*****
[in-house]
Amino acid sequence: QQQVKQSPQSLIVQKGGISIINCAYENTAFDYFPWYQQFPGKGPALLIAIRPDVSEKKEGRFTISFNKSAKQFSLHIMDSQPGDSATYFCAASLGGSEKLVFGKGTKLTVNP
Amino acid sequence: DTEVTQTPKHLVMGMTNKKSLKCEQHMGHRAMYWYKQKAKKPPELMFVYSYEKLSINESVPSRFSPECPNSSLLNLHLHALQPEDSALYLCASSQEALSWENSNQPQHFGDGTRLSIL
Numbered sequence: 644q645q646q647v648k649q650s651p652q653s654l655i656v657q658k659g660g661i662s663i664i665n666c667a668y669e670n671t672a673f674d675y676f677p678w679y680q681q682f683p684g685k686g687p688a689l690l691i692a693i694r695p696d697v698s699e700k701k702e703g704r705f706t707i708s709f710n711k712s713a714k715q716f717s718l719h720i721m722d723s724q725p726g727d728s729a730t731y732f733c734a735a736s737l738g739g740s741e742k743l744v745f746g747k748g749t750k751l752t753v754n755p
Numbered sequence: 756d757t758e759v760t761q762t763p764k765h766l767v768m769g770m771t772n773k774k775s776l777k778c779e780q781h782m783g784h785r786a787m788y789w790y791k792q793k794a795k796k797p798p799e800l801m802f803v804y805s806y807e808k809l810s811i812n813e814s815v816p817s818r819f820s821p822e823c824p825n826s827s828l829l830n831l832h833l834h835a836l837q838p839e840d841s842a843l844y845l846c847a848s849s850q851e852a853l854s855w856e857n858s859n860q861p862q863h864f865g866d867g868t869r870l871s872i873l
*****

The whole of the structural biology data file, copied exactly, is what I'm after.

[in-house]
Amino acid sequence: QQQVKQSPQSLIVQKGGISIINCAYENTAFDYFPWYQQFPGKGPALLIAIRPDVSEKKEGRFTISFNKSAKQFSLHIMDSQPGDSATYFCAASLGGSEKLVFGKGTKLTVNP
Amino acid sequence: DTEVTQTPKHLVMGMTNKKSLKCEQHMGHRAMYWYKQKAKKPPELMFVYSYEKLSINESVPSRFSPECPNSSLLNLHLHALQPEDSALYLCASSQEALSWENSNQPQHFGDGTRLSIL
Numbered sequence: 644q645q646q647v648k649q650s651p652q653s654l655i656v657q658k659g660g661i662s663i664i665n666c667a668y669e670n671t672a673f674d675y676f677p678w679y680q681q682f683p684g685k686g687p688a689l690l691i692a693i694r695p696d697v698s699e700k701k702e703g704r705f706t707i708s709f710n711k712s713a714k715q716f717s718l719h720i721m722d723s724q725p726g727d728s729a730t731y732f733c734a735a736s737l738g739g740s741e742k743l744v745f746g747k748g749t750k751l752t753v754n755p
Numbered sequence: 756d757t758e759v760t761q762t763p764k765h766l767v768m769g770m771t772n773k774k775s776l777k778c779e780q781h782m783g784h785r786a787m788y789w790y791k792q793k794a795k796k797p798p799e800l801m802f803v804y805s806y807e808k809l810s811i812n813e814s815v816p817s818r819f820s821p822e823c824p825n826s827s828l829l830n831l832h833l834h835a836l837q838p839e840d841s842a843l844y845l846c847a848s849s850q851e852a853l854s855w856e857n858s859n860q861p862q863h864f865g866d867g868t869r870l871s872i873l